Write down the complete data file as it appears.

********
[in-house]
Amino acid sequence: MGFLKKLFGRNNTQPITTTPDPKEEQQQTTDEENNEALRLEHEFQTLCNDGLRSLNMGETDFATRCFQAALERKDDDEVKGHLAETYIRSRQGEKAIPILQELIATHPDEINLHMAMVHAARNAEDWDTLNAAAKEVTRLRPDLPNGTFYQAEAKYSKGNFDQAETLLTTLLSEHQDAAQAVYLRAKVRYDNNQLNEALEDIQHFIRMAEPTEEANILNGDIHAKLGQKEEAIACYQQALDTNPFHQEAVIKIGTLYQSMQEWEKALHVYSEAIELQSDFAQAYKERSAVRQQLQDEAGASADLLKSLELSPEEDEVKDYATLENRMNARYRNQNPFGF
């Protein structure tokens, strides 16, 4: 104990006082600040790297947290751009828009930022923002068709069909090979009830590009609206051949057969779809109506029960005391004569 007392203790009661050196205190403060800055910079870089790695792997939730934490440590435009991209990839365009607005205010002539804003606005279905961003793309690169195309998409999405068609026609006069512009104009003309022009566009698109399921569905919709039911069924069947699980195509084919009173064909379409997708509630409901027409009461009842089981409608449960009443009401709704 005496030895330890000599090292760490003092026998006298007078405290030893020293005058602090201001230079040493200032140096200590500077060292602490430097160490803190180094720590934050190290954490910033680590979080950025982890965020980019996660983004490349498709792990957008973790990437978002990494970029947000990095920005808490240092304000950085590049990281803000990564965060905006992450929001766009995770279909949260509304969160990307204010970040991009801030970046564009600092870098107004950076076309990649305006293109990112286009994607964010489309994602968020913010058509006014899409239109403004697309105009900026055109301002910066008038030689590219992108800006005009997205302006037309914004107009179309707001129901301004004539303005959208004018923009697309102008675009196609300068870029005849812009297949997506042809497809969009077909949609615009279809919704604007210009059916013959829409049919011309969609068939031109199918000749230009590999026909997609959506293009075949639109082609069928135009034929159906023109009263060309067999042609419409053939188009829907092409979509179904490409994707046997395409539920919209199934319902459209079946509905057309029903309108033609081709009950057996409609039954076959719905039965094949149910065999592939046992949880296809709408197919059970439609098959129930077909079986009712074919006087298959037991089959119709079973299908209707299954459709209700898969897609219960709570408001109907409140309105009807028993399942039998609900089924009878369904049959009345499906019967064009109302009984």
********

[in-house]
Amino acid sequence: MGFLKKLFGRNNTQPITTTPDPKEEQQQTTDEENNEALRLEHEFQTLCNDGLRSLNMGETDFATRCFQAALERKDDDEVKGHLAETYIRSRQGEKAIPILQELIATHPDEINLHMAMVHAARNAEDWDTLNAAAKEVTRLRPDLPNGTFYQAEAKYSKGNFDQAETLLTTLLSEHQDAAQAVYLRAKVRYDNNQLNEALEDIQHFIRMAEPTEEANILNGDIHAKLGQKEEAIACYQQALDTNPFHQEAVIKIGTLYQSMQEWEKALHVYSEAIELQSDFAQAYKERSAVRQQLQDEAGASADLLKSLELSPEEDEVKDYATLENRMNARYRNQNPFGF
């Protein structure tokens, strides 16, 4: 104990006082600040790297947290751009828009930022923002068709069909090979009830590009609206051949057969779809109506029960005391004569 007392203790009661050196205190403060800055910079870089790695792997939730934490440590435009991209990839365009607005205010002539804003606005279905961003793309690169195309998409999405068609026609006069512009104009003309022009566009698109399921569905919709039911069924069947699980195509084919009173064909379409997708509630409901027409009461009842089981409608449960009443009401709704 005496030895330890000599090292760490003092026998006298007078405290030893020293005058602090201001230079040493200032140096200590500077060292602490430097160490803190180094720590934050190290954490910033680590979080950025982890965020980019996660983004490349498709792990957008973790990437978002990494970029947000990095920005808490240092304000950085590049990281803000990564965060905006992450929001766009995770279909949260509304969160990307204010970040991009801030970046564009600092870098107004950076076309990649305006293109990112286009994607964010489309994602968020913010058509006014899409239109403004697309105009900026055109301002910066008038030689590219992108800006005009997205302006037309914004107009179309707001129901301004004539303005959208004018923009697309102008675009196609300068870029005849812009297949997506042809497809969009077909949609615009279809919704604007210009059916013959829409049919011309969609068939031109199918000749230009590999026909997609959506293009075949639109082609069928135009034929159906023109009263060309067999042609419409053939188009829907092409979509179904490409994707046997395409539920919209199934319902459209079946509905057309029903309108033609081709009950057996409609039954076959719905039965094949149910065999592939046992949880296809709408197919059970439609098959129930077909079986009712074919006087298959037991089959119709079973299908209707299954459709209700898969897609219960709570408001109907409140309105009807028993399942039998609900089924009878369904049959009345499906019967064009109302009984």